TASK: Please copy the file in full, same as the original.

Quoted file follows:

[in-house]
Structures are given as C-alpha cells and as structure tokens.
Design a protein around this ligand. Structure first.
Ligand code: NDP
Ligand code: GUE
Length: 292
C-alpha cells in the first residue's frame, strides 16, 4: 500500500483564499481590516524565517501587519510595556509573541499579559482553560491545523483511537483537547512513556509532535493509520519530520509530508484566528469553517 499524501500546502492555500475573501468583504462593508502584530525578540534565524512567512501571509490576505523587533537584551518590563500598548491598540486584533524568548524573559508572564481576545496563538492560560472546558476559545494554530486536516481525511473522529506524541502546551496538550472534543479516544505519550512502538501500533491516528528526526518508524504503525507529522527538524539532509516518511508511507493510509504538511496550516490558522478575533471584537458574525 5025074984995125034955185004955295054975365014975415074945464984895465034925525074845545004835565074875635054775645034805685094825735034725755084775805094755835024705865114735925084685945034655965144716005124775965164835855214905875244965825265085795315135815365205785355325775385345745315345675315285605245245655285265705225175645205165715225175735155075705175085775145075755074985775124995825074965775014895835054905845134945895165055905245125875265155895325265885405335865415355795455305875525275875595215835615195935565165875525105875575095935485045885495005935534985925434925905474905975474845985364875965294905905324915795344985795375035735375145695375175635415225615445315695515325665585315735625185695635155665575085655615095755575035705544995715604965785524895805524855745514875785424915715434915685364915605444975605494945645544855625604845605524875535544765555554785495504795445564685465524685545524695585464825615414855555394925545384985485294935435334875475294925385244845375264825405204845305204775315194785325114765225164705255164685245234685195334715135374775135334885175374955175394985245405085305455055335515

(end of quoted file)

[in-house]
Structures are given as C-alpha cells and as structure tokens.
Design a protein around this ligand. Structure first.
Ligand code: NDP
Ligand code: GUE
Length: 292
C-alpha cells in the first residue's frame, strides 16, 4: 500500500483564499481590516524565517501587519510595556509573541499579559482553560491545523483511537483537547512513556509532535493509520519530520509530508484566528469553517 499524501500546502492555500475573501468583504462593508502584530525578540534565524512567512501571509490576505523587533537584551518590563500598548491598540486584533524568548524573559508572564481576545496563538492560560472546558476559545494554530486536516481525511473522529506524541502546551496538550472534543479516544505519550512502538501500533491516528528526526518508524504503525507529522527538524539532509516518511508511507493510509504538511496550516490558522478575533471584537458574525 5025074984995125034955185004955295054975365014975415074945464984895465034925525074845545004835565074875635054775645034805685094825735034725755084775805094755835024705865114735925084685945034655965144716005124775965164835855214905875244965825265085795315135815365205785355325775385345745315345675315285605245245655285265705225175645205165715225175735155075705175085775145075755074985775124995825074965775014895835054905845134945895165055905245125875265155895325265885405335865415355795455305875525275875595215835615195935565165875525105875575095935485045885495005935534985925434925905474905975474845985364875965294905905324915795344985795375035735375145695375175635415225615445315695515325665585315735625185695635155665575085655615095755575035705544995715604965785524895805524855745514875785424915715434915685364915605444975605494945645544855625604845605524875535544765555554785495504795445564685465524685545524695585464825615414855555394925545384985485294935435334875475294925385244845375264825405204845305204775315194785325114765225164705255164685245234685195334715135374775135334885175374955175394985245405085305455055335515